Yes, Japan Lost a Decade. So Did U.S.
Here is a myth: Japan is now in its third lost decade.
Here is another myth: Japan never lost any decades at all.
These are both wrong, because Japan actually lost one decade, then did well for a decade and is still doing OK. Notice that the truth is more complicated and less fun than the myths -- it usually is. But the truth is helpful in figuring out what Europe and the U.S. should do in the present.
The first myth -- that Japan has lost 2 1/2 decades -- is popular for two reasons. First, Japan was growing very quickly in the 1980s, and many people expected that to continue, leading Japan to overtake the U.S. as the largest economy. “Lost decades” are often implicitly measured relative to that past expectation. Second, Japan’s population has been in decline since 2007 and was little changed before that, meaning that even if Japanese people are getting richer at a faster rate than Americans -- as was true during most of the 2000s -- the U.S.’s total gross domestic product will tend to grow faster than Japan’s. When you look at GDP per working-age adult, as Paul Krugman has pointed out, Japan looks quite a bit better:
Looking at Krugman’s graph, we can see three things. The first is that Japan has done better than the U.S. -- and much better than Europe -- since 2012, reflecting the moderate success of Abenomics. That means that, so far, Japan is winning the Great Recession recovery.
The second thing you can see on the graph is that Japan did better than the U.S., and about the same as Europe, from about 2002 to about 2007. This was the boom that coincided with the leadership of Prime Minister Junichiro Koizumi. The reasons for the boom are still being debated, and might or might not include:
1. The removal of bad debts from the balance sheets of Japanese banks
2. An increase in trade with China
3. A short program of quantitative easing in the early 2000s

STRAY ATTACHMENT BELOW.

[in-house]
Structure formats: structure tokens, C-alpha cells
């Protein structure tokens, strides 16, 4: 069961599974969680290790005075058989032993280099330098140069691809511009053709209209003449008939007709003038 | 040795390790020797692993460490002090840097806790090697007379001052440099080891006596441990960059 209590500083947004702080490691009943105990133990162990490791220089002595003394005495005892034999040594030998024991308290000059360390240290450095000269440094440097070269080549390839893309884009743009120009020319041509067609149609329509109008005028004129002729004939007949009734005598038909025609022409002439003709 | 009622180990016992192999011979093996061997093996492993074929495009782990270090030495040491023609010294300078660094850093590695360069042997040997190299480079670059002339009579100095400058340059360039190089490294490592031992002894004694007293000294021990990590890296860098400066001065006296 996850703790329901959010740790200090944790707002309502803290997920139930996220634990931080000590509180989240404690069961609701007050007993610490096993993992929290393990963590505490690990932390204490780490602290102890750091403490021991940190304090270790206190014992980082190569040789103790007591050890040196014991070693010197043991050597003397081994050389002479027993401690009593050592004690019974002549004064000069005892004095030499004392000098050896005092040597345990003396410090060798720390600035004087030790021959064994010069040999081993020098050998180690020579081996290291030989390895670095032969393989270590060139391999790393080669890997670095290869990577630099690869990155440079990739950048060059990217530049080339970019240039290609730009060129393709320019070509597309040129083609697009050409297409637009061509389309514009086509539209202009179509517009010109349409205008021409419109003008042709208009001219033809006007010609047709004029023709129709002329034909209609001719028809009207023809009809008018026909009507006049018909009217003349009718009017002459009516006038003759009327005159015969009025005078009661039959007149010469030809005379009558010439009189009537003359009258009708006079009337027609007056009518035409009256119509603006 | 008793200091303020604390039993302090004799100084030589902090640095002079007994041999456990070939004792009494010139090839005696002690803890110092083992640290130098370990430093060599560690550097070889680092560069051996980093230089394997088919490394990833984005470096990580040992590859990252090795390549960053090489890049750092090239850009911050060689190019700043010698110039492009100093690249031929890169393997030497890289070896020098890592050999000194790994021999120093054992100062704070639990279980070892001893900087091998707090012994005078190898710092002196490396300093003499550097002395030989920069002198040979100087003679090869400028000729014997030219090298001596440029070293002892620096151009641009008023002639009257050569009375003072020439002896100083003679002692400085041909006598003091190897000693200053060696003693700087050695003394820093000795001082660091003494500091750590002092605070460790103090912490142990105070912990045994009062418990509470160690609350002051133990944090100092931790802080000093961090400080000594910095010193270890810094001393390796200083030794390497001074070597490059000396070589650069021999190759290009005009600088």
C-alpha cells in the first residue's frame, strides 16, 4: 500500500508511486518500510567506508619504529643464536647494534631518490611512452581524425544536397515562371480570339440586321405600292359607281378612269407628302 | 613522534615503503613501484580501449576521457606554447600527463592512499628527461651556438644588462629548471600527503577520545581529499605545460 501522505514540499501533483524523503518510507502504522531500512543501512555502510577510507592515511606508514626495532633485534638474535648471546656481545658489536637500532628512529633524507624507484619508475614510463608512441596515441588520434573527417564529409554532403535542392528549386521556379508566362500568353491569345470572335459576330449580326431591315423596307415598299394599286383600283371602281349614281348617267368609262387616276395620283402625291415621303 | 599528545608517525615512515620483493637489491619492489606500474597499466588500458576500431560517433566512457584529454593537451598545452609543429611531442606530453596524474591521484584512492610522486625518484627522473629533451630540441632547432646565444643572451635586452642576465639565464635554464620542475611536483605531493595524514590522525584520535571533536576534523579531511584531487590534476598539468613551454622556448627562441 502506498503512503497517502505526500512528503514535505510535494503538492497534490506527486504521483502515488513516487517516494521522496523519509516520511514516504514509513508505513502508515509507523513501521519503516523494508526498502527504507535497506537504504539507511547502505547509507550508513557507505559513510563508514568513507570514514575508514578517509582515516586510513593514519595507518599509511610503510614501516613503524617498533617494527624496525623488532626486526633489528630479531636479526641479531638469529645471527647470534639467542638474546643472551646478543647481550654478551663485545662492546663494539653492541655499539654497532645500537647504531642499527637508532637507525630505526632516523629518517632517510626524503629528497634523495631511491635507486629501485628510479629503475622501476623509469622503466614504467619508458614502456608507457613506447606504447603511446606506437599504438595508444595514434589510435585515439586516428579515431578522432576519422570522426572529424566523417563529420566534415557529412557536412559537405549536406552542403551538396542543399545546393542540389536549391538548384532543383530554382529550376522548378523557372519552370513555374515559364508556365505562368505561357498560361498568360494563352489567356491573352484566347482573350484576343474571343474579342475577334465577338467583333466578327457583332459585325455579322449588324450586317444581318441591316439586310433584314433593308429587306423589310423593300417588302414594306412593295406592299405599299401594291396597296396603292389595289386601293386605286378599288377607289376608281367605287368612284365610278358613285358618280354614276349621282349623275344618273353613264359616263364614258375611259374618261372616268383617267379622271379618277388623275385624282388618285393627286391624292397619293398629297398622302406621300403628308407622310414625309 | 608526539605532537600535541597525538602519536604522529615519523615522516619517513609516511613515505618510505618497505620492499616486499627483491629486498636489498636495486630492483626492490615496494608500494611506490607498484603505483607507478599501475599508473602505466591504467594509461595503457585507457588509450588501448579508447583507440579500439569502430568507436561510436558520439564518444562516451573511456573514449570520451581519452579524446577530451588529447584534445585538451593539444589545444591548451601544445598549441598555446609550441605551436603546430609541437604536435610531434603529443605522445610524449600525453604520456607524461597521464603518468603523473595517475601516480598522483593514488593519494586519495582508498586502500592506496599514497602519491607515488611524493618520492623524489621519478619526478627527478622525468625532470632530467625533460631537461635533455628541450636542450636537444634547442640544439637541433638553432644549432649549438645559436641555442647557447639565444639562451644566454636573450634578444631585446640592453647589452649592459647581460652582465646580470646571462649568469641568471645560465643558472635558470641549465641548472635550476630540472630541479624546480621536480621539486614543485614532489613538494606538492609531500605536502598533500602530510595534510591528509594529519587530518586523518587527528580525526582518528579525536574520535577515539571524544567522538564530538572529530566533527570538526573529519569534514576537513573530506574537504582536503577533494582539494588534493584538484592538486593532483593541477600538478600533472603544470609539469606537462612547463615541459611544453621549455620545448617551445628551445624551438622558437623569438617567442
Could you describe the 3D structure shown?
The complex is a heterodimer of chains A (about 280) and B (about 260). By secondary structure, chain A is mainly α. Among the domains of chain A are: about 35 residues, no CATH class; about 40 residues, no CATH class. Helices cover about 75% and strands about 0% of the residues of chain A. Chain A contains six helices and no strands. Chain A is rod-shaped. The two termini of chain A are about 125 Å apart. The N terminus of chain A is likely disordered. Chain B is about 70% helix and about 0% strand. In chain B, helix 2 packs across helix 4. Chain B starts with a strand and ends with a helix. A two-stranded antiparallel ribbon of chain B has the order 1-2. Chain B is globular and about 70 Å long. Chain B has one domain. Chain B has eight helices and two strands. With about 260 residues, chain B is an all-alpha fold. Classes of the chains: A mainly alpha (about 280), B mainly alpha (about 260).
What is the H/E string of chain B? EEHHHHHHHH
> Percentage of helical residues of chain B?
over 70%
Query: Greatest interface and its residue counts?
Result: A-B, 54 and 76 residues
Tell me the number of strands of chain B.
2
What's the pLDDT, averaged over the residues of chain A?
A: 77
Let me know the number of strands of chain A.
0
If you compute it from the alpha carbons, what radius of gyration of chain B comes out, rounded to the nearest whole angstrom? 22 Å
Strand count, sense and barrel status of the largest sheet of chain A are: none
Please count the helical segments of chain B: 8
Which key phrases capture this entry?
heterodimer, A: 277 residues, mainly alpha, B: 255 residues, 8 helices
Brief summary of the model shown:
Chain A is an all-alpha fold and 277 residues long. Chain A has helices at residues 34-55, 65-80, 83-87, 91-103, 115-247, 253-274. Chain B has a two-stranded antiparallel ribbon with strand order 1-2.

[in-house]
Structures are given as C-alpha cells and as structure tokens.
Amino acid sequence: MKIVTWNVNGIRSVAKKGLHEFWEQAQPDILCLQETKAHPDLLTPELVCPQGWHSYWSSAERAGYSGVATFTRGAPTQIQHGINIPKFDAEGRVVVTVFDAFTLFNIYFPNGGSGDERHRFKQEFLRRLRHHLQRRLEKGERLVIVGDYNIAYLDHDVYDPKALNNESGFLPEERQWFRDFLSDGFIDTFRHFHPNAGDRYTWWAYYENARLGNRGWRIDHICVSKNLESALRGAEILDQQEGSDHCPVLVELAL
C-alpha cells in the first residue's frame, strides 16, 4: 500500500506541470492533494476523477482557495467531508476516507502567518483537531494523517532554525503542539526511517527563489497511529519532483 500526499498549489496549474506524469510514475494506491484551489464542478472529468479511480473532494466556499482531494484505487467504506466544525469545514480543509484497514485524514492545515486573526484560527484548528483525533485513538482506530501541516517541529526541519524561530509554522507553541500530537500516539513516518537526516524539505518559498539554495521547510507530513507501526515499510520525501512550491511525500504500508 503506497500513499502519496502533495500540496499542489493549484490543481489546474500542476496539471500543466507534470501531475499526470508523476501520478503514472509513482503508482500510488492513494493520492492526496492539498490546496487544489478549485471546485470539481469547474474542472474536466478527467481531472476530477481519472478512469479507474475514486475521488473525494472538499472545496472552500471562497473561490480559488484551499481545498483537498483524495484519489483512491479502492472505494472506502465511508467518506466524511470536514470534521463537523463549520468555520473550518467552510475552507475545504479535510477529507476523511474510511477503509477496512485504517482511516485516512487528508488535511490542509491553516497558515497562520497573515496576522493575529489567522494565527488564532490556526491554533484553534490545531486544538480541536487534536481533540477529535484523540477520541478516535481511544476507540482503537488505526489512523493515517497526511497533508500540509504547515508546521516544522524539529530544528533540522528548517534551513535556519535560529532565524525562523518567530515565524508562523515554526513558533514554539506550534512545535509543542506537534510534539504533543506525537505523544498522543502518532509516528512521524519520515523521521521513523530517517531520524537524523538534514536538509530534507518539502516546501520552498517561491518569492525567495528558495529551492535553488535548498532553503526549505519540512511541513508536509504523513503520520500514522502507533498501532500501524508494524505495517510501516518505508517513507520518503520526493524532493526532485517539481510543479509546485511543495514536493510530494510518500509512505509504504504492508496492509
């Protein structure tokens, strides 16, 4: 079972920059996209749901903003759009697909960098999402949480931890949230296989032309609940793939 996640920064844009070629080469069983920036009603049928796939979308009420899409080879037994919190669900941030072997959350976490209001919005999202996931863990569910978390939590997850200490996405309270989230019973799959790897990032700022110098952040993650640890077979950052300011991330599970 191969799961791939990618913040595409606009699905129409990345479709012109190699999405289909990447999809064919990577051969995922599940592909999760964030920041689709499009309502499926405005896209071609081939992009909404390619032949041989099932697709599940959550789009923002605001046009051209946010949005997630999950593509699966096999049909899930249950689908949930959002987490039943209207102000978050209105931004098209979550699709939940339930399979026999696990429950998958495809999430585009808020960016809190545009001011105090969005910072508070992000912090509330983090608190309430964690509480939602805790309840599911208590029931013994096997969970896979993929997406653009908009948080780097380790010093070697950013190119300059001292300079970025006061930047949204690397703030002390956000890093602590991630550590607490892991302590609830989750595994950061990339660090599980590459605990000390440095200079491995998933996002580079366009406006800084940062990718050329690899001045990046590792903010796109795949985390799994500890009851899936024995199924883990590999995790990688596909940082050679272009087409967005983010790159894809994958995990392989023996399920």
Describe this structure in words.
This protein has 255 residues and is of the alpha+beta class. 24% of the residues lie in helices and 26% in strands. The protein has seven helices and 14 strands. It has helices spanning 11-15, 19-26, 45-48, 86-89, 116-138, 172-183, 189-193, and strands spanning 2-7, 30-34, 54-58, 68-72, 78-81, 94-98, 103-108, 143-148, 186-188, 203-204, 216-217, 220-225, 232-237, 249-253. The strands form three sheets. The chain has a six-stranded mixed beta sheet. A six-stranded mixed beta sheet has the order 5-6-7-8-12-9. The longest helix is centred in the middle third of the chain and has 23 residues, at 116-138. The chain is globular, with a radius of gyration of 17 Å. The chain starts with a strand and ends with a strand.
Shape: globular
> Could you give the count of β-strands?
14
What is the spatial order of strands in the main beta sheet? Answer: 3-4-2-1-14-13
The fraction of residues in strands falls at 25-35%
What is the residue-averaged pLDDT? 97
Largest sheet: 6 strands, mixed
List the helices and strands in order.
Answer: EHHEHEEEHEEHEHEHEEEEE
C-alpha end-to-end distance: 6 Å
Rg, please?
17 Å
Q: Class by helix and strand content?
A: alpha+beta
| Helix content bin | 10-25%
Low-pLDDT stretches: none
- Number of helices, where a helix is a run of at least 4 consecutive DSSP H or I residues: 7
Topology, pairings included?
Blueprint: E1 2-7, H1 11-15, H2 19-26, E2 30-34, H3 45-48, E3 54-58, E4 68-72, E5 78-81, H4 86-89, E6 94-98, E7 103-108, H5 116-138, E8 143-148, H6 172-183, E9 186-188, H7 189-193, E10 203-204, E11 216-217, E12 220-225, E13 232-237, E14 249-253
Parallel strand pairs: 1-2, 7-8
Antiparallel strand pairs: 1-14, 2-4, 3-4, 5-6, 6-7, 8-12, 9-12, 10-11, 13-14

4. Cuts in government spending on wasteful projects
5. The belated adoption by Japanese companies of information technologies they had ignored in the 1990s
But whatever the reason, the fact is that during the 2000s, Japan was among the best-performing economies in the developed world.
Now for the third thing we can see from Krugman’s graph. Japan did terribly in the 1990s. Where Japan had been converging with U.S. and European living standards until 1990, it suddenly stopped and started diverging. Via University of California, Berkeley economist Brad DeLong, here is a stunning graph of Japanese per-capita GDP as a percentage of the U.S. level:
This is biased, or course, by the aging population, but Japanese people did not suddenly get old in 1990. Something bad happened to Japan’s economy, and it took a long time to recover.
That brings us to the second myth. Some people say that Japan never had any lost decades. For example, Matthew C. Klein of FT Alphaville makes this claim. He writes:
There were a few years in the late 1990s when the US and Europe pulled ahead but we can easily attribute that to a combination of the Asian Financial Crisis and the temporary boost to investment and consumption from the tech bubble.
That’s an awful lot to ignore! But in any case, as Krugman’s graph makes clear, Japan underperformed not for a few years, but for the entire decade from 1993 to 2002.
That lost decade is even clearer if we look at productivity. Here, from a 2011 paper by economists Takeo Hoshi and Anil Kashyap, is a graph of Japanese total factor productivity:
As you can see, productivity soared in the '80s, then suddenly flatlined in the '90s, before resuming growth in the mid-2000s. If that’s not a lost decade, what is?
But if Japan managed to catch up in the 2000s and 2010s, doesn’t that mean that the 1990s weren’t really lost at all? If a stagnation is eventually reversed, who cares?
The answer is that Japan’s catch-up is more about U.S. and European stagnation than about Japanese resurgence. Japan’s 1990 stagnation was sparked by a gigantic financial crisis -- one that didn’t reach beyond Japan’s shores, since most Japanese assets were owned domestically. But the 2008 financial crisis that clobbered the U.S. and Europe mostly spared Japan, whose banks had been too shell-shocked from their earlier crisis to gobble up the exploding mortgage-backed assets that U.S. financial firms were selling to eager European buyers. Since 2008, it has been the U.S.'s turn to suffer for its financial sins, and Japan’s turn to sit high and dry.
But even during the 2000s, Japan’s outperformance relative to the U.S. was partly due to a slowdown in the latter. The growth during the presidency of George W. Bush, which began and ended about the same time as Japan’s Koizumi boom, was simply much more anemic than its Japanese counterpart. Despite the U.S.'s growing population and its unsustainable construction boom, America had growth that was slower than in the 1980s and 1990s.
In other words, Japan lost one decade. But the U.S. lost a decade as well. We shouldn’t focus only on diagnosing other rich countries’ stumbles, but also our own.
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